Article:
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NBA Lockout 2011: Owners and Players Meet in New York, Results Not Awful

NBA owner and union representatives had their second negotiating session in New York City today, as they attempt to arrive at a new collective bargaining agreement following the expiration of the previous CBA on July 1, and subsequent owner-imposed lockout of the players.

While no specific progress was reported, and Derek Fisher had this to say about today's talks, "I wouldn't say there is a change in either side in our approach or ideologically. We're in the same place. We're where we have always been in terms of certain components," the two sides did agree on a couple of foundational points about the nature of future negotiations.

The last session seemed only to inflame both sides. After today's session, each side is speaking some of the right words and fewer of the counterproductive ones, which can at least give us a sliver of hope.

More after the jump.

First, each side claims they will pick up the pace of negotiations. Today's session was only the second sit-down between the sides in the past two months, and owners and players promised to press on with more urgency from here on out. Said Deputy Commissioner Adam Silver:

"We're not going to get a deal done unless we spend time together and that's progress unto itself given how infrequently we have met since the lockout began. It's difficult to characterize the meeting other than there is no question both sides want to avoid missing games, or missing training camp for that matter."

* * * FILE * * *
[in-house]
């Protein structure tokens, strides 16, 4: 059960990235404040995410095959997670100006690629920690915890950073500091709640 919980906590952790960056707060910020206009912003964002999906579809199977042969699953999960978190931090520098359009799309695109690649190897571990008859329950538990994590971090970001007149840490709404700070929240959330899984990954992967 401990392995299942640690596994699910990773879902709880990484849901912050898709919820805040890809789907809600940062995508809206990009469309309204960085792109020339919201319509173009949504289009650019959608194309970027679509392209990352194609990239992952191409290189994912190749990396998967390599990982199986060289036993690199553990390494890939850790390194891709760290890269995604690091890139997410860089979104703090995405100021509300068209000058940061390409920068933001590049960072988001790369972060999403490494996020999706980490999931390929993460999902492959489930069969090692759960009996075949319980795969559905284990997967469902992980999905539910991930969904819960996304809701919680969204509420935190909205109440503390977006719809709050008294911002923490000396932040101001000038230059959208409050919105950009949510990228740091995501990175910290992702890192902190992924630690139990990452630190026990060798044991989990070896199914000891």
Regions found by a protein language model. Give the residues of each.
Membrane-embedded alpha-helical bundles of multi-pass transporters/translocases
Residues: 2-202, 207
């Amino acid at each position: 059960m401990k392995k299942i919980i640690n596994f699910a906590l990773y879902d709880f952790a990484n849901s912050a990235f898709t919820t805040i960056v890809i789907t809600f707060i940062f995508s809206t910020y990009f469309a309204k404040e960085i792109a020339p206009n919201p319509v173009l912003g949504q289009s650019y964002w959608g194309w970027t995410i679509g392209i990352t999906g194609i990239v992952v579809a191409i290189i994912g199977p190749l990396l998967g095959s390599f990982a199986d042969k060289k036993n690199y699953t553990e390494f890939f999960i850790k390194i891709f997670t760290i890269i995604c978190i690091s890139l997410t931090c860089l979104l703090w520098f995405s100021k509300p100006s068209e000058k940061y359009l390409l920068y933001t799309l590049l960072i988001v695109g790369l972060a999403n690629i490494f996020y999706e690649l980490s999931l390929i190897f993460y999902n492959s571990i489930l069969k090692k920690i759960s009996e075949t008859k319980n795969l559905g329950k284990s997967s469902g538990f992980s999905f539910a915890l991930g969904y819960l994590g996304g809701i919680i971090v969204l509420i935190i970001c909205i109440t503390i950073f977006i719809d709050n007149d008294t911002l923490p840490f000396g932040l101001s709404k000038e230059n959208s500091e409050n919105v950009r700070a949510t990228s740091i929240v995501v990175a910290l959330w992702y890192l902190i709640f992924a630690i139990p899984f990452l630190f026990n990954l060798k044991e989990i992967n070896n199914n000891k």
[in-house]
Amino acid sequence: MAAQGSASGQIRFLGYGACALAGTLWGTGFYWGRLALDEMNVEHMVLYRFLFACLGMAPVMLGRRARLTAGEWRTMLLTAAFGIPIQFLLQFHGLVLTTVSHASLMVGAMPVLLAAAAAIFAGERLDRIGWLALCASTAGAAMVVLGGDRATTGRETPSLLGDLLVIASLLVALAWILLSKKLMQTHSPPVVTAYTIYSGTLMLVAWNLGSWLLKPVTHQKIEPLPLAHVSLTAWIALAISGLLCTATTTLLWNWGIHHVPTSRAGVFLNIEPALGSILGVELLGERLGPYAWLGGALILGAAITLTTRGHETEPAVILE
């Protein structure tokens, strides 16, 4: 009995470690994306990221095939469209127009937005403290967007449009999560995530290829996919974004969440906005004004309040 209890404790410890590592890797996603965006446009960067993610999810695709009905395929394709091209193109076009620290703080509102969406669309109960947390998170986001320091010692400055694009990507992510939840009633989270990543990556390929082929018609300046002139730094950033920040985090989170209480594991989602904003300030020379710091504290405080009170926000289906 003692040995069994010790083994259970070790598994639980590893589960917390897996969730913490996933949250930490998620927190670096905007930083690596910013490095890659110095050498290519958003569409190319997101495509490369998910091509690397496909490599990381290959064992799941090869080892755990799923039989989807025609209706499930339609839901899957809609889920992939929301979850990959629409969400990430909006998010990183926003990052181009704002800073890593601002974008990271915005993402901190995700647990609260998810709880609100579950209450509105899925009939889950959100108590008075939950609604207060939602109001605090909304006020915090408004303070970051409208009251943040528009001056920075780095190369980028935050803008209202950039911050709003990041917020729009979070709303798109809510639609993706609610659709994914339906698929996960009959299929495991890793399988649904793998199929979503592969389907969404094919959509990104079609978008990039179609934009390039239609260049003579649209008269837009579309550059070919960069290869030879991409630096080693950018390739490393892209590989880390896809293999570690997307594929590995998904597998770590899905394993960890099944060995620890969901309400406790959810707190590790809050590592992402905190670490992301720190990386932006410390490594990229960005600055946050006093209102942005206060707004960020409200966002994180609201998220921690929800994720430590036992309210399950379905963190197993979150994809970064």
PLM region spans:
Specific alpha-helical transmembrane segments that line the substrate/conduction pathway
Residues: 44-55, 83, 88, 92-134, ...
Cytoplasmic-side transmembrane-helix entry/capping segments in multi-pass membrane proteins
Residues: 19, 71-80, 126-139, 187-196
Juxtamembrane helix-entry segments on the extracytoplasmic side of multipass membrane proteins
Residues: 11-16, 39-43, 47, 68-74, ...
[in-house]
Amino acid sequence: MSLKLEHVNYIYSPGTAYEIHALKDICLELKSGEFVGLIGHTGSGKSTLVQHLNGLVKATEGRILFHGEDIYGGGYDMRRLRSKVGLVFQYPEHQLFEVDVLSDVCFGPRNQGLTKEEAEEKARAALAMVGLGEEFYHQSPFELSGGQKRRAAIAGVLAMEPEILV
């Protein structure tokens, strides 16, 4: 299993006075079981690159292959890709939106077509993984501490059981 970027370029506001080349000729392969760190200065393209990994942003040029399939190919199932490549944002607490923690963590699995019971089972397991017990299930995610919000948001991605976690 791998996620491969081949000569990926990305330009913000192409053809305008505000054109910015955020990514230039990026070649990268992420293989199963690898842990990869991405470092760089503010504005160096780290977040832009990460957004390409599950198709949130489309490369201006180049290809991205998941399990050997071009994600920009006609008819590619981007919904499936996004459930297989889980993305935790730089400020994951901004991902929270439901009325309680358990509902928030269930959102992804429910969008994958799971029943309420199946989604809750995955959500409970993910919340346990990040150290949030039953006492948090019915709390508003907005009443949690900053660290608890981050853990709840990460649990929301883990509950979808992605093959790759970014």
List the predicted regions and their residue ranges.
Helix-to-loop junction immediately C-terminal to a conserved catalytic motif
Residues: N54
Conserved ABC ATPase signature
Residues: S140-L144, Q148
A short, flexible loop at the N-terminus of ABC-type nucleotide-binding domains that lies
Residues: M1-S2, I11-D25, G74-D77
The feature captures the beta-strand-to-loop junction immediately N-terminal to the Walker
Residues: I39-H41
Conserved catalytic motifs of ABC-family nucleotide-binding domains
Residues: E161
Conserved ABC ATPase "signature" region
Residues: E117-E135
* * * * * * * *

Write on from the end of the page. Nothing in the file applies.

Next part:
The second point, which I consider to be at least as important, is that each side promises to cease and desist the verbal sniping that has gone on in the media since their last negotiating session. They say they'll do their work behind closed doors, but won't follow each session by going to the media to complain about the other side, or even to inform the media on the details of any progress or lack thereof.

Said Fisher:

"As a group, we agreed to continue to focus on getting the deal done and try and stay away from the verbal jabs and the back-and-forth and really try to remain focused on the deal points. It's not in anyone's best interest to get into what happens in the meetings from here on out. There is too much to go through to try and come out of meetings saying what did and didn't happen. Things seem to get spun out of control either by us or by them."

Amen to that. I get the negotiating ploy of trying to win the public relations battle, but ultimately both sides lose the PR battle here no matter what. I think I speak for most fans when I say, "just shut up and get to work."

I wouldn't go so far as to call these items cause for enthusiasm, but I would say that they are at least not cause for further pessimism. That's a modest achievement, for sure, but it is a modicum of progress when we've had less than zero for the past two months.

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